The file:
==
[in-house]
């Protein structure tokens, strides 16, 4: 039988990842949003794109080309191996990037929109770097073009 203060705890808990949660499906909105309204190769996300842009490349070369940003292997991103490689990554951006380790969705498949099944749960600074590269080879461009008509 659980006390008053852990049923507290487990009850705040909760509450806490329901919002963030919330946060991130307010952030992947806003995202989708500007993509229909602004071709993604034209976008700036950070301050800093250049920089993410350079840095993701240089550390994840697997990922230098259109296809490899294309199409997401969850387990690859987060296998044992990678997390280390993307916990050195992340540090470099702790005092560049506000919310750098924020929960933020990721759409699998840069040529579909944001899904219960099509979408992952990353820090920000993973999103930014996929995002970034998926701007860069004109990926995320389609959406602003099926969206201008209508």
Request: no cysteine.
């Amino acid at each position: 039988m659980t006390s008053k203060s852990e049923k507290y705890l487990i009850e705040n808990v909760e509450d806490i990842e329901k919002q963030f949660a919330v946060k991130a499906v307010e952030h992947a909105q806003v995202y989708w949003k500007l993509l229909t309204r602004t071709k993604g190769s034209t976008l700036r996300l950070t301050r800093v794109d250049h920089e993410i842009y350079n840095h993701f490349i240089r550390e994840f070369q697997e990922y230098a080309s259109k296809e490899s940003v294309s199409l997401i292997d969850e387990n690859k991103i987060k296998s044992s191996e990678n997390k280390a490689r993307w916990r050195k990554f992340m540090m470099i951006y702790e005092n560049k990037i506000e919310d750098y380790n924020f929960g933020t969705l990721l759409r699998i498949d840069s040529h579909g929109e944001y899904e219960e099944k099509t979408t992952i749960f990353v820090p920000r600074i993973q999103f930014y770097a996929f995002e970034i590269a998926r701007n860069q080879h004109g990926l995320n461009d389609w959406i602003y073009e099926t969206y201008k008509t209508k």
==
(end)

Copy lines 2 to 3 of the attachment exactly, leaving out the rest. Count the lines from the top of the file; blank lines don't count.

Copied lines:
């Protein structure tokens, strides 16, 4: 039988990842949003794109080309191996990037929109770097073009 203060705890808990949660499906909105309204190769996300842009490349070369940003292997991103490689990554951006380790969705498949099944749960600074590269080879461009008509 659980006390008053852990049923507290487990009850705040909760509450806490329901919002963030919330946060991130307010952030992947806003995202989708500007993509229909602004071709993604034209976008700036950070301050800093250049920089993410350079840095993701240089550390994840697997990922230098259109296809490899294309199409997401969850387990690859987060296998044992990678997390280390993307916990050195992340540090470099702790005092560049506000919310750098924020929960933020990721759409699998840069040529579909944001899904219960099509979408992952990353820090920000993973999103930014996929995002970034998926701007860069004109990926995320389609959406602003099926969206201008209508």
Request: no cysteine.